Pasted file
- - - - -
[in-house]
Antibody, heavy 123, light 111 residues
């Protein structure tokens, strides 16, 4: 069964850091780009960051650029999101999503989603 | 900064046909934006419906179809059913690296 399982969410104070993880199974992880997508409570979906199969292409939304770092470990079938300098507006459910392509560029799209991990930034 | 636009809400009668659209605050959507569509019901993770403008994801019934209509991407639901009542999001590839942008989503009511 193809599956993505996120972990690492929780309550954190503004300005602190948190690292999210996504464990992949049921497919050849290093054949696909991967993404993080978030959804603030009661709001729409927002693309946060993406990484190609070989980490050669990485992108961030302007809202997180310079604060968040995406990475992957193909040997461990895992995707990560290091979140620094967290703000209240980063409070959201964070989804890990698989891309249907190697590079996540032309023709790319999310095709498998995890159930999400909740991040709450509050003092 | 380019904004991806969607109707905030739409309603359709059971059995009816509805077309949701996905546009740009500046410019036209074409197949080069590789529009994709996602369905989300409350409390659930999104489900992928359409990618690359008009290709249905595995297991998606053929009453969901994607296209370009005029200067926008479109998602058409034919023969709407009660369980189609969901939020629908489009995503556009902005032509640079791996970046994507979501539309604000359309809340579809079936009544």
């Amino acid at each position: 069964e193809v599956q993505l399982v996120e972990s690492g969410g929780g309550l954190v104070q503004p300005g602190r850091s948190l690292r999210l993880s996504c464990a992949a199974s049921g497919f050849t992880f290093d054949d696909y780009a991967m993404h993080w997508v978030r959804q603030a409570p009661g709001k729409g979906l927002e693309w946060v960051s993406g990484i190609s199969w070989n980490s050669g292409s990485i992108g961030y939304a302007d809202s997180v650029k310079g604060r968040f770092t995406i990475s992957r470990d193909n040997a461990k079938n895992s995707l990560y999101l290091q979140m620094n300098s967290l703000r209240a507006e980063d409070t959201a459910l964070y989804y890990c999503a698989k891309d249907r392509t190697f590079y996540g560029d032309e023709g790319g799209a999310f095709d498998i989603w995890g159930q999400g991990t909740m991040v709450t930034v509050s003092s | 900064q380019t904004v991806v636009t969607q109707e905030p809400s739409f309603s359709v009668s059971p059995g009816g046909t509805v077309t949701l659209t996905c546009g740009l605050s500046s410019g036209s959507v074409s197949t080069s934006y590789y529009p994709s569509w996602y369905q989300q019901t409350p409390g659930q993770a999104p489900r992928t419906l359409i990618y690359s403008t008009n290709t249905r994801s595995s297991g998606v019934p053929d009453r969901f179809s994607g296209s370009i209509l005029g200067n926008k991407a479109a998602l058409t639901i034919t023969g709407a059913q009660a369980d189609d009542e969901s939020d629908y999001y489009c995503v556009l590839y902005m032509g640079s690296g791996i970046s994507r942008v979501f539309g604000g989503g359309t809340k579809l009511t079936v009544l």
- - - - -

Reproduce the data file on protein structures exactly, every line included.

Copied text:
[in-house]
Antibody, heavy 123, light 111 residues
């Protein structure tokens, strides 16, 4: 069964850091780009960051650029999101999503989603 | 900064046909934006419906179809059913690296 399982969410104070993880199974992880997508409570979906199969292409939304770092470990079938300098507006459910392509560029799209991990930034 | 636009809400009668659209605050959507569509019901993770403008994801019934209509991407639901009542999001590839942008989503009511 193809599956993505996120972990690492929780309550954190503004300005602190948190690292999210996504464990992949049921497919050849290093054949696909991967993404993080978030959804603030009661709001729409927002693309946060993406990484190609070989980490050669990485992108961030302007809202997180310079604060968040995406990475992957193909040997461990895992995707990560290091979140620094967290703000209240980063409070959201964070989804890990698989891309249907190697590079996540032309023709790319999310095709498998995890159930999400909740991040709450509050003092 | 380019904004991806969607109707905030739409309603359709059971059995009816509805077309949701996905546009740009500046410019036209074409197949080069590789529009994709996602369905989300409350409390659930999104489900992928359409990618690359008009290709249905595995297991998606053929009453969901994607296209370009005029200067926008479109998602058409034919023969709407009660369980189609969901939020629908489009995503556009902005032509640079791996970046994507979501539309604000359309809340579809079936009544």
């Amino acid at each position: 069964e193809v599956q993505l399982v996120e972990s690492g969410g929780g309550l954190v104070q503004p300005g602190r850091s948190l690292r999210l993880s996504c464990a992949a199974s049921g497919f050849t992880f290093d054949d696909y780009a991967m993404h993080w997508v978030r959804q603030a409570p009661g709001k729409g979906l927002e693309w946060v960051s993406g990484i190609s199969w070989n980490s050669g292409s990485i992108g961030y939304a302007d809202s997180v650029k310079g604060r968040f770092t995406i990475s992957r470990d193909n040997a461990k079938n895992s995707l990560y999101l290091q979140m620094n300098s967290l703000r209240a507006e980063d409070t959201a459910l964070y989804y890990c999503a698989k891309d249907r392509t190697f590079y996540g560029d032309e023709g790319g799209a999310f095709d498998i989603w995890g159930q999400g991990t909740m991040v709450t930034v509050s003092s | 900064q380019t904004v991806v636009t969607q109707e905030p809400s739409f309603s359709v009668s059971p059995g009816g046909t509805v077309t949701l659209t996905c546009g740009l605050s500046s410019g036209s959507v074409s197949t080069s934006y590789y529009p994709s569509w996602y369905q989300q019901t409350p409390g659930q993770a999104p489900r992928t419906l359409i990618y690359s403008t008009n290709t249905r994801s595995s297991g998606v019934p053929d009453r969901f179809s994607g296209s370009i209509l005029g200067n926008k991407a479109a998602l058409t639901i034919t023969g709407a059913q009660a369980d189609d009542e969901s939020d629908y999001y489009c995503v556009l590839y902005m032509g640079s690296g791996i970046s994507r942008v979501f539309g604000g989503g359309t809340k579809l009511t079936v009544l």